With a total of 18 hulls representing the multihull class yesterday, it was a sight to behold on the start line! Despite being the 2 closest boats to the line when the horn went, Itchy-Go and Miss Visayan were overtaken from the leeward side by the speedy Cicak, whose boat speed off the line was unparalleled in the fleet. It was not all easy sailing for Cicak as she struggled on the return leg from Changi Buoy, and positions shuffled within the fleet. Buay Kaola was the eventual trimaran which bagged line honours, but settled for 2nd place by a mere 45 seconds on handicap to Cicak. An even slimmer margin separated Buay Kaola from 3rd placed Miss Visayan, whose efforts was awarded with a place on the podium.

Rounding off the classes in participation were the only 2 beach catamarans, Kaze Cat and Stray Catz. A straightforward affair between both boats, as the latter struggled with technical issues to effectively hand Kaze Cat an easy win.

Thank you everyone for joining us – no racing next week due to the Deepavali Cruise to Nongsa on Saturday, 26th October. Our Pre-Ambassadors Cup Fundraising Cocktail takes place on Friday, 25th October at the Post Bar, Fullerton Hotel. Join us for a lovely evening networking and catching up with old/new friends all for a good cause. See you there!


IRC Keelboat
PY Keelboat
Beach Catamaran

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Sunday Series III Race 2

With weather systems around the region going a little out of the norm, yesterday’s uncommon sea of white caps also came as a surprise, signalling a fresh north-easterly breeze for the sailors racing in the Sunday Series. Even though it lasted only for the first 20 minutes of the race, it managed to carry sailors all the way to the battle ground between Ubin and Tekong – where many sailors faltered to the merciless currents, sudden drop in wind strength and erratic wind shifts.

In the IRC class, everything came together nicely for Invictus, as she crossed the line first in a fleet of 3, also taking the bullet on corrected time. She excelled in the lighter air, displaying good boat speed on both the upwind and downwind legs. Waka Tere‘s 2-up power combo of Kurt and Gill did commendably in the strong winds just off the start, but struggled with the limitations of crew and sail wardrobe to fully maximize the Nelson 30’s potential. Despite being shorthanded, she managed to fend off Born in Fire and her new owner, Thomas Reckefuss to take 2nd place. Thomas will be looking to fine tune his rig and get to know his new acquisition better over the coming weeks, in preparation for the Ambassadors’ Cup in November!

Southern Light slayed the fleet of PY boats yesterday, with some excellent calls and good boat speed throughout the race. Everything seemed to work out well for skipper James and crew, as they not only took first place on corrected time, but also snatched line honours ahead of faster boats like Sangaree and Sapphire Star. Sangaree found themselves in an unusual position – having to play catch up with Sapphire Star and Southern Light. Her struggles compounded with further technical issues on the boat, eventually battered and settling for 3rd. A bullet in race 1 and 2nd in race 2 means that Sapphire Star is now in the driving seat for the PY Class, Sunday Series III. To round off the fleet, the 2 boats (Minx & Brio) which succumbed to the light winds and strong currents up at Tekong Buoy received a standing ovation from the bar upon crossing the finish line – a truly heartwarming display of camaraderie amongst members/sailors.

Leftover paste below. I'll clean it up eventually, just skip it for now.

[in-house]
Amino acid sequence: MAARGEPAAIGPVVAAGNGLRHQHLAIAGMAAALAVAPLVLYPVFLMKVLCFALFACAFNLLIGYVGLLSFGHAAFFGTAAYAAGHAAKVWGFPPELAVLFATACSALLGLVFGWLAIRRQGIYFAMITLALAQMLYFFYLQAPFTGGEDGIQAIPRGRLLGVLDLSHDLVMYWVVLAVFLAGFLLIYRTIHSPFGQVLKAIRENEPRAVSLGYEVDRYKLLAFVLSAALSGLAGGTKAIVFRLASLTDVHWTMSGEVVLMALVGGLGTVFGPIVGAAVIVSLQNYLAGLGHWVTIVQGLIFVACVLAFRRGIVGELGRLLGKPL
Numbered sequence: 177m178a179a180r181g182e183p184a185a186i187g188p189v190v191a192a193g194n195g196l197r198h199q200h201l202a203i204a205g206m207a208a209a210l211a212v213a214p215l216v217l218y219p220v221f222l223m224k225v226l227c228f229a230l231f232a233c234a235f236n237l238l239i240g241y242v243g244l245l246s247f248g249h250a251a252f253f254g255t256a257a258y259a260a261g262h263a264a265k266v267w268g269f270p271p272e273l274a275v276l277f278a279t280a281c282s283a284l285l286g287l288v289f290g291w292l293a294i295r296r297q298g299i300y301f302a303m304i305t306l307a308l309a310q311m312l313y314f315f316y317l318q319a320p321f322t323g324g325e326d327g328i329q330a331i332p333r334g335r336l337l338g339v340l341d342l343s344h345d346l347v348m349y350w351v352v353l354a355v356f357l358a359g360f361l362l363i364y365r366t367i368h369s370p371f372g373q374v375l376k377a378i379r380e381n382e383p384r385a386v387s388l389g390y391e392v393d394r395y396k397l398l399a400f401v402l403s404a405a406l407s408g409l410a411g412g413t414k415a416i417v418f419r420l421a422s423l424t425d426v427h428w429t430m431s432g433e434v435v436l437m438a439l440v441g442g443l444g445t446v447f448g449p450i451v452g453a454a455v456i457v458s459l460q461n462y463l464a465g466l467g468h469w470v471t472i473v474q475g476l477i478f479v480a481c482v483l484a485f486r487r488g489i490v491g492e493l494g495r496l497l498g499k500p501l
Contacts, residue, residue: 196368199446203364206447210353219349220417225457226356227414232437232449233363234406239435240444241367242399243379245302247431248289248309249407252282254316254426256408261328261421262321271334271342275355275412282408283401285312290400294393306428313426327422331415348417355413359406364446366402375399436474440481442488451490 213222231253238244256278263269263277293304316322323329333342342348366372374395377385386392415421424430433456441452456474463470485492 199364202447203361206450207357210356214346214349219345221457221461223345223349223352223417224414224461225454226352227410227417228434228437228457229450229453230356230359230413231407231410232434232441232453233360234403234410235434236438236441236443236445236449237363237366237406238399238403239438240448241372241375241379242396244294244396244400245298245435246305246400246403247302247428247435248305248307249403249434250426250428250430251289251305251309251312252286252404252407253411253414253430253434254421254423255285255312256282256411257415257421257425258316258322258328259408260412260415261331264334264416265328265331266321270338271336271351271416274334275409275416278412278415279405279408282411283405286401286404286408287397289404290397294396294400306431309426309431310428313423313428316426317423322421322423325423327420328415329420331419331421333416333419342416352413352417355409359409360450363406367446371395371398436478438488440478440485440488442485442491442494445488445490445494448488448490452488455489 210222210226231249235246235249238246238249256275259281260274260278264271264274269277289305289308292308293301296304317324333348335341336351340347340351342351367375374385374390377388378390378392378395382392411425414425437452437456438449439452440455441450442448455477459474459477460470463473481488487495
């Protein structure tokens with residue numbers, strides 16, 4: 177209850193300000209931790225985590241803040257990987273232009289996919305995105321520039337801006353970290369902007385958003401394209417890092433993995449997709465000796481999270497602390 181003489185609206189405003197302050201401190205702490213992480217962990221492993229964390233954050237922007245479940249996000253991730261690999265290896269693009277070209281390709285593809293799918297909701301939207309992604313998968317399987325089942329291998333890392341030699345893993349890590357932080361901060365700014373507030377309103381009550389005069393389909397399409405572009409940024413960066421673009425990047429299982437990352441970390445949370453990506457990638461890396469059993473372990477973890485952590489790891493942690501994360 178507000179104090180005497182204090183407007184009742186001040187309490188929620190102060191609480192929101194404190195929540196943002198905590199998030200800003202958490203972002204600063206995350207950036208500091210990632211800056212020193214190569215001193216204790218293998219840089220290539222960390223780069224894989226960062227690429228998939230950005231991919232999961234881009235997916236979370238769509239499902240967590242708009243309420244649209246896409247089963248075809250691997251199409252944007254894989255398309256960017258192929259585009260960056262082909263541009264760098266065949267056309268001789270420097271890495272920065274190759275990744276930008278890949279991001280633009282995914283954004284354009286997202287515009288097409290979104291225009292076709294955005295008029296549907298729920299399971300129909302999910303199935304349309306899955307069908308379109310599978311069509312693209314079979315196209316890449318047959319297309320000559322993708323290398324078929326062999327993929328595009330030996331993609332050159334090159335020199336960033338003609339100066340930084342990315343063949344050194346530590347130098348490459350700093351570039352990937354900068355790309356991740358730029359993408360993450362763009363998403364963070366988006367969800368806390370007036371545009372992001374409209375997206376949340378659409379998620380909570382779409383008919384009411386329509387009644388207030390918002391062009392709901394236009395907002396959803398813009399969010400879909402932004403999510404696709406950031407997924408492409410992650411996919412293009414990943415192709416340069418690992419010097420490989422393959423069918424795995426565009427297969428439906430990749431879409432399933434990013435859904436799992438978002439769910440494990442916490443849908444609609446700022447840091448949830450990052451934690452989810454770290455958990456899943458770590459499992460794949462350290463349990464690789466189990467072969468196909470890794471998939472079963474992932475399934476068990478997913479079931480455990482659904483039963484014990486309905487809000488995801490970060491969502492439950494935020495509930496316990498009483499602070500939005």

Buay Kaola‘s baseline boat speed was evident in yesterday’s wind strength, as she powered her way through the course in clinical fashion. The Corsair 31 managed to stay well ahead of the nippy Cicak, securing victory with just under 2 minutes separating both boats after corrected time. Little Itchy-Go completed the podium in 3rd place, in addition to being the fastest Weta on the course.

Equipment malfunction from Bad Influence meant that she gave Stray Catz a head start in the Beach Catamaran Class – having to play catch up throughout the race. Despite the late start, Jeremy Nixon put in a great effort to close the gap with Nigel, finishing only 5 minutes behind. These 2 stalwarts of the beach catamaran class keep things very lively despite the small numbers – we hope to have more of the beach catamaran owners joining us on the weekends for a fun/casual race! If you’re looking to race but are hesitant/don’t know where to start – these gentlemen would be two of the best people to introduce you to club racing on beach catamarans.

Thank you all 16 boats for participating!

See you on Friday, 18th October for Members Night, and Saturday for our Twilight Series III Race 2!


IRC Keelboat
PY Keelboat
Beach Catamaran


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Twilight Series III Race 1

The Twilight Series III commenced yesterday with a fleet of 16 boats, and a minor incident at the start line for the Multihulls. Buay Kaola had to play catch up after an entanglement at the pin-end with PY boat Remington, who found herself to close to the Multihulls during their start sequence.

Despite the poor start, Buay Kaola did well in a course which had long reaches, closing the gap with the front runners. A strong performance by Baloo secured her victory in the fleet of 5, 34 seconds ahead of Buay Kaola on corrected time. Finishing just metres in front of Cicak at the line made it a satisfying 3rd place result for Miss Visayan.